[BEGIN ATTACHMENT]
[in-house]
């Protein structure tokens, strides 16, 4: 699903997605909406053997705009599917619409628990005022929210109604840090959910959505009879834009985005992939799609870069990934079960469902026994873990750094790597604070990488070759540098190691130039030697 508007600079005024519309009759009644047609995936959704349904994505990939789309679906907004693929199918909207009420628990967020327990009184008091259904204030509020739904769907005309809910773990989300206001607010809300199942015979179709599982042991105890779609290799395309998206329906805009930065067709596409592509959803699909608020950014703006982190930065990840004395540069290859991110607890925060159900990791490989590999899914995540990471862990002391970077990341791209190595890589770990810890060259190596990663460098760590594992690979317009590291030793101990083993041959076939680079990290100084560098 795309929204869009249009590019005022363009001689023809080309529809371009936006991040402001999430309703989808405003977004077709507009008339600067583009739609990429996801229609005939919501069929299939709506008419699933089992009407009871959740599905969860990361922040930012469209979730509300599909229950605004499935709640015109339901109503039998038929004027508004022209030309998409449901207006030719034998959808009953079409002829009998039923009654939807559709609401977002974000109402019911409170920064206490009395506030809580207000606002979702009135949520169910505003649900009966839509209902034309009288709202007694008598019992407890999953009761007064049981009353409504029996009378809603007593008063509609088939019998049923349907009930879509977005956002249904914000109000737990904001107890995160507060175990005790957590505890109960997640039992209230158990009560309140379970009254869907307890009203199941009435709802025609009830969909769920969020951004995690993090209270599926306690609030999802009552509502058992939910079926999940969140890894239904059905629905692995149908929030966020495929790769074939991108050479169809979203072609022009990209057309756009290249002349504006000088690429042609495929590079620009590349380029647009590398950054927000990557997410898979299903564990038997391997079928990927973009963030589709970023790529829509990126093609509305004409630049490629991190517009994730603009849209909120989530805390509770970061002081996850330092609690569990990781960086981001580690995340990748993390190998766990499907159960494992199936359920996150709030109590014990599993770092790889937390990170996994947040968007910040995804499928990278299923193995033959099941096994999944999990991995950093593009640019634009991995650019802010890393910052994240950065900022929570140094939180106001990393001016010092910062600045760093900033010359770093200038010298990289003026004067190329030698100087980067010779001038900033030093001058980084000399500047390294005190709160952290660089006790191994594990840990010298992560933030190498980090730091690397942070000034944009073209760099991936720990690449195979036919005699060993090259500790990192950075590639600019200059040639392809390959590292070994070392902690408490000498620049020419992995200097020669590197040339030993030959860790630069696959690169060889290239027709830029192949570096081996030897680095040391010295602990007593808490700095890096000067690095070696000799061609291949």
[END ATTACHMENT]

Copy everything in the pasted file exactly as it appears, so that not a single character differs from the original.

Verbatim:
[in-house]
């Protein structure tokens, strides 16, 4: 699903997605909406053997705009599917619409628990005022929210109604840090959910959505009879834009985005992939799609870069990934079960469902026994873990750094790597604070990488070759540098190691130039030697 508007600079005024519309009759009644047609995936959704349904994505990939789309679906907004693929199918909207009420628990967020327990009184008091259904204030509020739904769907005309809910773990989300206001607010809300199942015979179709599982042991105890779609290799395309998206329906805009930065067709596409592509959803699909608020950014703006982190930065990840004395540069290859991110607890925060159900990791490989590999899914995540990471862990002391970077990341791209190595890589770990810890060259190596990663460098760590594992690979317009590291030793101990083993041959076939680079990290100084560098 795309929204869009249009590019005022363009001689023809080309529809371009936006991040402001999430309703989808405003977004077709507009008339600067583009739609990429996801229609005939919501069929299939709506008419699933089992009407009871959740599905969860990361922040930012469209979730509300599909229950605004499935709640015109339901109503039998038929004027508004022209030309998409449901207006030719034998959808009953079409002829009998039923009654939807559709609401977002974000109402019911409170920064206490009395506030809580207000606002979702009135949520169910505003649900009966839509209902034309009288709202007694008598019992407890999953009761007064049981009353409504029996009378809603007593008063509609088939019998049923349907009930879509977005956002249904914000109000737990904001107890995160507060175990005790957590505890109960997640039992209230158990009560309140379970009254869907307890009203199941009435709802025609009830969909769920969020951004995690993090209270599926306690609030999802009552509502058992939910079926999940969140890894239904059905629905692995149908929030966020495929790769074939991108050479169809979203072609022009990209057309756009290249002349504006000088690429042609495929590079620009590349380029647009590398950054927000990557997410898979299903564990038997391997079928990927973009963030589709970023790529829509990126093609509305004409630049490629991190517009994730603009849209909120989530805390509770970061002081996850330092609690569990990781960086981001580690995340990748993390190998766990499907159960494992199936359920996150709030109590014990599993770092790889937390990170996994947040968007910040995804499928990278299923193995033959099941096994999944999990991995950093593009640019634009991995650019802010890393910052994240950065900022929570140094939180106001990393001016010092910062600045760093900033010359770093200038010298990289003026004067190329030698100087980067010779001038900033030093001058980084000399500047390294005190709160952290660089006790191994594990840990010298992560933030190498980090730091690397942070000034944009073209760099991936720990690449195979036919005699060993090259500790990192950075590639600019200059040639392809390959590292070994070392902690408490000498620049020419992995200097020669590197040339030993030959860790630069696959690169060889290239027709830029192949570096081996030897680095040391010295602990007593808490700095890096000067690095070696000799061609291949």